This summer the Conservation Lab is filled with fragments, even more than there usually are. All these fragments of Islamic lustre and stained glass don’t belong to one object. Most of them were once part of the extensive fragment collection of Ray Smith and came into the Museum’s collection in two batches in 1951 and 1968.
Although fragments aren’t as visually pleasing as whole or nearly whole objects, they still provide a lot of information about glassmaking techniques. It is also a lot easier to take a sample for analysis from a fragment than from a complete object.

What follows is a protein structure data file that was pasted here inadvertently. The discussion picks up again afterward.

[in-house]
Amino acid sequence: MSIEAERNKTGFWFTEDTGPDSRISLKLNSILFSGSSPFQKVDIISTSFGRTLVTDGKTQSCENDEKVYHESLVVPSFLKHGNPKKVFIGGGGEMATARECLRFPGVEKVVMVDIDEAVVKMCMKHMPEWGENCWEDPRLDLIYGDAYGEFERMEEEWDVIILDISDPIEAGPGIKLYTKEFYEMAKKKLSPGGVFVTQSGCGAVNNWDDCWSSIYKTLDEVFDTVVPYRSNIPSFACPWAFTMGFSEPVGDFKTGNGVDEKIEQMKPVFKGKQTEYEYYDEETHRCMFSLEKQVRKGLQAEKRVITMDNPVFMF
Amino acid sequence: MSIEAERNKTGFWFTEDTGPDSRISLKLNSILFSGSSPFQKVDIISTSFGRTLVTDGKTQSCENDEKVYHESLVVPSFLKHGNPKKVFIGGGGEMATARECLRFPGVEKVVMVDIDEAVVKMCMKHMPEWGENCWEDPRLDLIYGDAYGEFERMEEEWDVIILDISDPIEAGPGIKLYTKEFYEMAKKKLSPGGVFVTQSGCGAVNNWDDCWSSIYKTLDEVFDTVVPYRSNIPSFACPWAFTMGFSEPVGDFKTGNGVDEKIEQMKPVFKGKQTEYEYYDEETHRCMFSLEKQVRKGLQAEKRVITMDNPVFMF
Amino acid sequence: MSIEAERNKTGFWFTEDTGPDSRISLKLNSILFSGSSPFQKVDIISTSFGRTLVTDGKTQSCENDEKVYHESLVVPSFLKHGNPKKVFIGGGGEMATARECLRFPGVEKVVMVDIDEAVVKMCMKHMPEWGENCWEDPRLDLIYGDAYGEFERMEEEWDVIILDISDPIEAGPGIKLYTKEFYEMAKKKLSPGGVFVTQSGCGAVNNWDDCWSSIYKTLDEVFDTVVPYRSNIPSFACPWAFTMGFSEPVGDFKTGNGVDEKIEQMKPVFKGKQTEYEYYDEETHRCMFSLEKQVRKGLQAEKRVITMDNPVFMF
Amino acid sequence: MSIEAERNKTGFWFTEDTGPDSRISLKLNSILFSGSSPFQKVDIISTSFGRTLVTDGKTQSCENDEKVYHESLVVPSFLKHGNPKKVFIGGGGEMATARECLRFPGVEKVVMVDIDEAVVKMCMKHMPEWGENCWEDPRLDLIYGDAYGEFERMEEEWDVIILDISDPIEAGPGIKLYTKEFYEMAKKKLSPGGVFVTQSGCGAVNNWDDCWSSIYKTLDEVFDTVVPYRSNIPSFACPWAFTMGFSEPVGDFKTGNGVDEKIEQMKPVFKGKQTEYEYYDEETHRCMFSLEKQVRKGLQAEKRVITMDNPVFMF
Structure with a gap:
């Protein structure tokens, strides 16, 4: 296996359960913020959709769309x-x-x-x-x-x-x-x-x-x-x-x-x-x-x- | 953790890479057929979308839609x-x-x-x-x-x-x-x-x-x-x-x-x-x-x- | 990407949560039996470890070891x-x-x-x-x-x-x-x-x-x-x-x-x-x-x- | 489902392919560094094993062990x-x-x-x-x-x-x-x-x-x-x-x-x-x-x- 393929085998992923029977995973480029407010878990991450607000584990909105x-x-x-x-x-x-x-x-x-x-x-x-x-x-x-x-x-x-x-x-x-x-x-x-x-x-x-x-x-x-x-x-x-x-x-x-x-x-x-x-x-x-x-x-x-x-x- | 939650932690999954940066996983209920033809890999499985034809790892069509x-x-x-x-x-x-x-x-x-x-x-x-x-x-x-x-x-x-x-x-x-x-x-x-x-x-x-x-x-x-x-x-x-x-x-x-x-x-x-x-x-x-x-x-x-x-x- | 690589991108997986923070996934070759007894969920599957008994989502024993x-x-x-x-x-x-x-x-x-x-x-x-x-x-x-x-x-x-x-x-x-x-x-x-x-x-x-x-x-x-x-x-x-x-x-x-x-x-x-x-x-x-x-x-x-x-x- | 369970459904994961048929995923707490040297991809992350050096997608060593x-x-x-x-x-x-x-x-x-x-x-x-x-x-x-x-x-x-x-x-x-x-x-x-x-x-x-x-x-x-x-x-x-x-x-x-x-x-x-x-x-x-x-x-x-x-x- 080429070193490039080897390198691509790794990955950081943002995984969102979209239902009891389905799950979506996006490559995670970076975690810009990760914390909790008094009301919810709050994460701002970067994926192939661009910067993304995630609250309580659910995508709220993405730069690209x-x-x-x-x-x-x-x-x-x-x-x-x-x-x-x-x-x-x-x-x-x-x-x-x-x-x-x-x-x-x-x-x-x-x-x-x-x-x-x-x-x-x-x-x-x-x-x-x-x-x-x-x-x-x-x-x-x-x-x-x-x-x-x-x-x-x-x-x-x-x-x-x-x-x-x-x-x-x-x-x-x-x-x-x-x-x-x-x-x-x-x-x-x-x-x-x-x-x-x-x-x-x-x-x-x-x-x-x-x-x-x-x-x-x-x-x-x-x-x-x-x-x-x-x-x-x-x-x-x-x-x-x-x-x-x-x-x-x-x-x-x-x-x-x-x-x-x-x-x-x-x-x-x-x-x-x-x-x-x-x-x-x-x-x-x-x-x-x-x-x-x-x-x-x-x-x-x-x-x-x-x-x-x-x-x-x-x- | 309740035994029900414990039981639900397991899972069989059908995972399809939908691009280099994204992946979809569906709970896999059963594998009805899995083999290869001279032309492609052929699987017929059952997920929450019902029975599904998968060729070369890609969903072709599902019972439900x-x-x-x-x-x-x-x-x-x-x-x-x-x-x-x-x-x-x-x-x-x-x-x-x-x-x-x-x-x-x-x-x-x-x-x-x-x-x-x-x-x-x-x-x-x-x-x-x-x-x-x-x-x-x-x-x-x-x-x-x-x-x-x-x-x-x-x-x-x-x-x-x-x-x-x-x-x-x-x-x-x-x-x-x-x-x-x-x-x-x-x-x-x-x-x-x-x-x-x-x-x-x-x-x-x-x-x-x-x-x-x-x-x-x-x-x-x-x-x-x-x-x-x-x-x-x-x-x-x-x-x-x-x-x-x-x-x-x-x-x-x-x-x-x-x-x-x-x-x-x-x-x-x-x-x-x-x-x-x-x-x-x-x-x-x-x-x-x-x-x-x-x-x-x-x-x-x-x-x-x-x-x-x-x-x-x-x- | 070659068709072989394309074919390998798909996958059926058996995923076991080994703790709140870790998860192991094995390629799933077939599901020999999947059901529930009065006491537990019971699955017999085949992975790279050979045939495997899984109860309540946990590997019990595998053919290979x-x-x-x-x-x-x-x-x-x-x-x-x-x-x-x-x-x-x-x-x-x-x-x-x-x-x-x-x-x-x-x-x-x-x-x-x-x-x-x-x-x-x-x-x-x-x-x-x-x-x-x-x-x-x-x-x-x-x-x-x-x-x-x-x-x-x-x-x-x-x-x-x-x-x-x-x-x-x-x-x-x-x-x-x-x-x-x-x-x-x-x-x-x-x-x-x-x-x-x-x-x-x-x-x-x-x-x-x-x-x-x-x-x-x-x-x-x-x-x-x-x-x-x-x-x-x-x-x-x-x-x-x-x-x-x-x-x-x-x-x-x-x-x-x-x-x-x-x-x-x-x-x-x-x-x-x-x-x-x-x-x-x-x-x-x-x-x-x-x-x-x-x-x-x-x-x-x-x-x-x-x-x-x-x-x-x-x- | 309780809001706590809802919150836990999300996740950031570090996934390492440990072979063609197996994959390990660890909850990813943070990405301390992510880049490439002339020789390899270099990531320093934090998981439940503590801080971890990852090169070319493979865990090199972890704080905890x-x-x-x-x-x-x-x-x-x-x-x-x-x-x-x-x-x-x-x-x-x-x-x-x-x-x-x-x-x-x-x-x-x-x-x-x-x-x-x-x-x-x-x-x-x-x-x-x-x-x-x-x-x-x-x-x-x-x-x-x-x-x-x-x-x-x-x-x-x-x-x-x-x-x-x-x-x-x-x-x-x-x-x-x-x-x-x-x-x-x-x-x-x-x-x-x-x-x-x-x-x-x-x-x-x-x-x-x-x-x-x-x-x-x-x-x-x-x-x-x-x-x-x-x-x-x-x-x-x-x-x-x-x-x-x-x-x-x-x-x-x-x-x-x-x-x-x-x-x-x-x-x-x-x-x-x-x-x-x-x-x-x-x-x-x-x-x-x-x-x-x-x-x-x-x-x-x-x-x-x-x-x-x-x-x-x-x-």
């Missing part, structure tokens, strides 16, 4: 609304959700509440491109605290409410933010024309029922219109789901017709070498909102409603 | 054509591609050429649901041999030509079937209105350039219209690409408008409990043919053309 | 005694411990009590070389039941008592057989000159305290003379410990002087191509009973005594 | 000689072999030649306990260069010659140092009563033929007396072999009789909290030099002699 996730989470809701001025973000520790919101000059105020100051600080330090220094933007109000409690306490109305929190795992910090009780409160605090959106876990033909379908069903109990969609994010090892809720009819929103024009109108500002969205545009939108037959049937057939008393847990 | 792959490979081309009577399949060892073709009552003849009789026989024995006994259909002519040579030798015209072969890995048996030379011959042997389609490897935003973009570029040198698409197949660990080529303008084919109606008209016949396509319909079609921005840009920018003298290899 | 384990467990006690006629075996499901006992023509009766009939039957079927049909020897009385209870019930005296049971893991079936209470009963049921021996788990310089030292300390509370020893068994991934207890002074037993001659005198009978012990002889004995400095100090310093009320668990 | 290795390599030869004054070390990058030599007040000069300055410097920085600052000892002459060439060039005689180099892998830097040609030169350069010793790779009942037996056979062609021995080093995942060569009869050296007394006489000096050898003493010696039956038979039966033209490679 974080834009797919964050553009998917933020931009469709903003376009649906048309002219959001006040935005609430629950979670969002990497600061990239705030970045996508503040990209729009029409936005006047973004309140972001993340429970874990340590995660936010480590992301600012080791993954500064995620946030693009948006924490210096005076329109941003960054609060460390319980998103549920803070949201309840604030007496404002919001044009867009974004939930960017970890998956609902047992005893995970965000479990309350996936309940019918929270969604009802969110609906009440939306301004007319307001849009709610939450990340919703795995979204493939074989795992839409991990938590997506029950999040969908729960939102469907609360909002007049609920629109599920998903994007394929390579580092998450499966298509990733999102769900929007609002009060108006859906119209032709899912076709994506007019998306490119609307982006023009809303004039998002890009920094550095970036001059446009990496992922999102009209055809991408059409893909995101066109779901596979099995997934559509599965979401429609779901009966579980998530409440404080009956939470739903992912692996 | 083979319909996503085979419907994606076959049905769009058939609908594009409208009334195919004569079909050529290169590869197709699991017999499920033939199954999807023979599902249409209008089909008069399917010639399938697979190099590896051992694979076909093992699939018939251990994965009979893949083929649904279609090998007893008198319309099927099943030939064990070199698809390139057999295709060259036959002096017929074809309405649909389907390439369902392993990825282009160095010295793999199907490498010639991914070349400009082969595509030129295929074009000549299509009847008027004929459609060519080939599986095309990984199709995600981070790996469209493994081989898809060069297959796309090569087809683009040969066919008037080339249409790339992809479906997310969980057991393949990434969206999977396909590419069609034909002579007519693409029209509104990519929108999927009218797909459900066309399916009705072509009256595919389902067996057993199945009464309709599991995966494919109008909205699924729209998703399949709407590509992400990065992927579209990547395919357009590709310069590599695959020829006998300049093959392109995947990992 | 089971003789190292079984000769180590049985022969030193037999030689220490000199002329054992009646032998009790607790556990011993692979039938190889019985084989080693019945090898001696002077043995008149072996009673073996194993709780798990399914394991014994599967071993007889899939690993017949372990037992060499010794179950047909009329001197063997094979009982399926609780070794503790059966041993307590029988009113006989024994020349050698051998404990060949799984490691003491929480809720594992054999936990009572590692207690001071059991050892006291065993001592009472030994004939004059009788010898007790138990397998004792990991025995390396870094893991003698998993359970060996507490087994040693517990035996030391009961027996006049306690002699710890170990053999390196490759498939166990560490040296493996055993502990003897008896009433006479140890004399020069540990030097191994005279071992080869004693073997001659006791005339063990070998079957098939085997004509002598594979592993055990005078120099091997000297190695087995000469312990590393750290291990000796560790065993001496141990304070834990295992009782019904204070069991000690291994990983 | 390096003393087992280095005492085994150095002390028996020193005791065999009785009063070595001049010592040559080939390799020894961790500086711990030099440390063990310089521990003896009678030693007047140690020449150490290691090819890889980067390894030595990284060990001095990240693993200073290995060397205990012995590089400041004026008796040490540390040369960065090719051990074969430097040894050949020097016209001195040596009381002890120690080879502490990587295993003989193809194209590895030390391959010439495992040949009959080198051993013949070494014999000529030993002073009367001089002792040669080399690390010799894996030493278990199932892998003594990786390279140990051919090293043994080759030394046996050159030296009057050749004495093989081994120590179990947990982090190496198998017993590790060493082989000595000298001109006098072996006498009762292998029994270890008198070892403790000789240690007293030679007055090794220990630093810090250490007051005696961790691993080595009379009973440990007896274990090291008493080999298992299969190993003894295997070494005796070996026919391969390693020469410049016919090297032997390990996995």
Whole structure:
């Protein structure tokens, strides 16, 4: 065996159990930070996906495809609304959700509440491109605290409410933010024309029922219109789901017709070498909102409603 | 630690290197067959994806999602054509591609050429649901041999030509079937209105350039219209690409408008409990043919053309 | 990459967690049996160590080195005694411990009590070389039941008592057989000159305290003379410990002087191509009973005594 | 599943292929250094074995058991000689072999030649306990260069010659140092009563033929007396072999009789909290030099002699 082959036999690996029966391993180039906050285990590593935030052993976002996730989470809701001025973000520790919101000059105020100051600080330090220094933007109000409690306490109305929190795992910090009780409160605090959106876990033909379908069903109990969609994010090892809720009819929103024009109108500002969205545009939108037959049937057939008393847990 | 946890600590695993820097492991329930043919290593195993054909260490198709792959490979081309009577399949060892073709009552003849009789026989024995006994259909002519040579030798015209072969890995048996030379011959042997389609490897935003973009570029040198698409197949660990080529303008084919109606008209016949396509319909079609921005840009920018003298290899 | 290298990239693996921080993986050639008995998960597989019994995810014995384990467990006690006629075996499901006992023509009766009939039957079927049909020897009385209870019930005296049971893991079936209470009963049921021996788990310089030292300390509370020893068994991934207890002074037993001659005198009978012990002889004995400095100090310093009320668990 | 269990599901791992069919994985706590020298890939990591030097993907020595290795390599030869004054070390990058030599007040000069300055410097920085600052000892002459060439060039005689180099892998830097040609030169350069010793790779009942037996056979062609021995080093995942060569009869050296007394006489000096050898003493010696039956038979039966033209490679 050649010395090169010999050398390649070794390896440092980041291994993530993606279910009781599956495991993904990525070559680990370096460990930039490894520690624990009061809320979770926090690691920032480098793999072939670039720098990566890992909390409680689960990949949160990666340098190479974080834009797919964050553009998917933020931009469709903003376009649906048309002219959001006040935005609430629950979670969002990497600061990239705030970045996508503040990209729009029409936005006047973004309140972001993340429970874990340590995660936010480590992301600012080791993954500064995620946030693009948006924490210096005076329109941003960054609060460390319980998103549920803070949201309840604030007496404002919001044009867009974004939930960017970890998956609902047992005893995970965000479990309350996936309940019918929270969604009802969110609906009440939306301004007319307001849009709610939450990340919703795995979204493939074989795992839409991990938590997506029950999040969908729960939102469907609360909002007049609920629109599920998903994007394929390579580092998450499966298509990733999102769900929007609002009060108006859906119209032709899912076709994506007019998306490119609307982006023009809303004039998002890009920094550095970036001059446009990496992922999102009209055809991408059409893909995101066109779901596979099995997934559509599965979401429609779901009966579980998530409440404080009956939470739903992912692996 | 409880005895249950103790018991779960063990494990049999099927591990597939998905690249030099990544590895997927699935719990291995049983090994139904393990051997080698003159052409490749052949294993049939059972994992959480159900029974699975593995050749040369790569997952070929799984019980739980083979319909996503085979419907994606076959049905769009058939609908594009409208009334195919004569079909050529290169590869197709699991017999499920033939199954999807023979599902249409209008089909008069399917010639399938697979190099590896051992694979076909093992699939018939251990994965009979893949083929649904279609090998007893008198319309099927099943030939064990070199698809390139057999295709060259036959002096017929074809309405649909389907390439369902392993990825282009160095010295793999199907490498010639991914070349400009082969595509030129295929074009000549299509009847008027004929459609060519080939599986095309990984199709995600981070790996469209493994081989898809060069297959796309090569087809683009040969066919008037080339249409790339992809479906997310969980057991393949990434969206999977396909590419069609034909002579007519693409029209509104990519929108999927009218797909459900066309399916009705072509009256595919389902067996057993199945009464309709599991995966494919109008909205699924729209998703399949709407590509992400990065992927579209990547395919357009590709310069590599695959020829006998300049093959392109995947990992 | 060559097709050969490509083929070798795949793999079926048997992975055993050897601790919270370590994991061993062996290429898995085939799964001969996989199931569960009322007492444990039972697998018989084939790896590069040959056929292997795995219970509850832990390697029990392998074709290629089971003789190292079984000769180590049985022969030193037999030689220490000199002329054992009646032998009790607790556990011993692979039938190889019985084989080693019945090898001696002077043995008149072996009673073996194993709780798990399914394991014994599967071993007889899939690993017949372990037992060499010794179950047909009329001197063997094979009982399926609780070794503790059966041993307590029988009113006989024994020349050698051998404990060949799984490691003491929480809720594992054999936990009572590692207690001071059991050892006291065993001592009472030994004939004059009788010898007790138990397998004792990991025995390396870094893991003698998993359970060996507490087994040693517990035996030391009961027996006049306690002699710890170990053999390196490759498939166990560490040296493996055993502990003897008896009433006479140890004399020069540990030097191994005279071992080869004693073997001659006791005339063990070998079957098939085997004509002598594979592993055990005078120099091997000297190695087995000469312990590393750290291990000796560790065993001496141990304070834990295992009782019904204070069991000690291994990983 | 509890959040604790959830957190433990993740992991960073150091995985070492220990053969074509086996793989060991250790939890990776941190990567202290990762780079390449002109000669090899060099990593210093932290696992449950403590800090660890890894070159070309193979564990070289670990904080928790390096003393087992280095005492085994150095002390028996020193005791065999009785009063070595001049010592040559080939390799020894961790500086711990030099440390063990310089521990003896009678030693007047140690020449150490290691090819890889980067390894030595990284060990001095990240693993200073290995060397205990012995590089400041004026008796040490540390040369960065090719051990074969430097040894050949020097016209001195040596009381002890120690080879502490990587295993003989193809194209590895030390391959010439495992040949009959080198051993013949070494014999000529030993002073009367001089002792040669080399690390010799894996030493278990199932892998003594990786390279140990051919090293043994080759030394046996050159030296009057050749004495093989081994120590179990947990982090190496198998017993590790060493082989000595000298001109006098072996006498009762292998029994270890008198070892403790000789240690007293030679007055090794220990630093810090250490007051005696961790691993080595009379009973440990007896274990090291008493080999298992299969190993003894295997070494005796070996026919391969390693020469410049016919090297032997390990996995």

In order to really study fragments like these, we need to be able to keep track of them just like any other object. Unfortunately, the Museum’s record keeping wasn’t always as comprehensive as it is now and many of these fragments were never formally accessioned. As you can imagine, accessioning and cataloguing hundreds of fragments is a big job. We’re trying to reduce that number by looking for joining fragments. This might sound like looking for a needle in a haystack, and in some ways it is, but laying out all the fragments in one place and arranging them according to colors and patterns makes it a little easier.
We have found several joins already!
After we get done with all the lustre and stained fragments, we get to start the whole process again with our enameled Islamic fragments.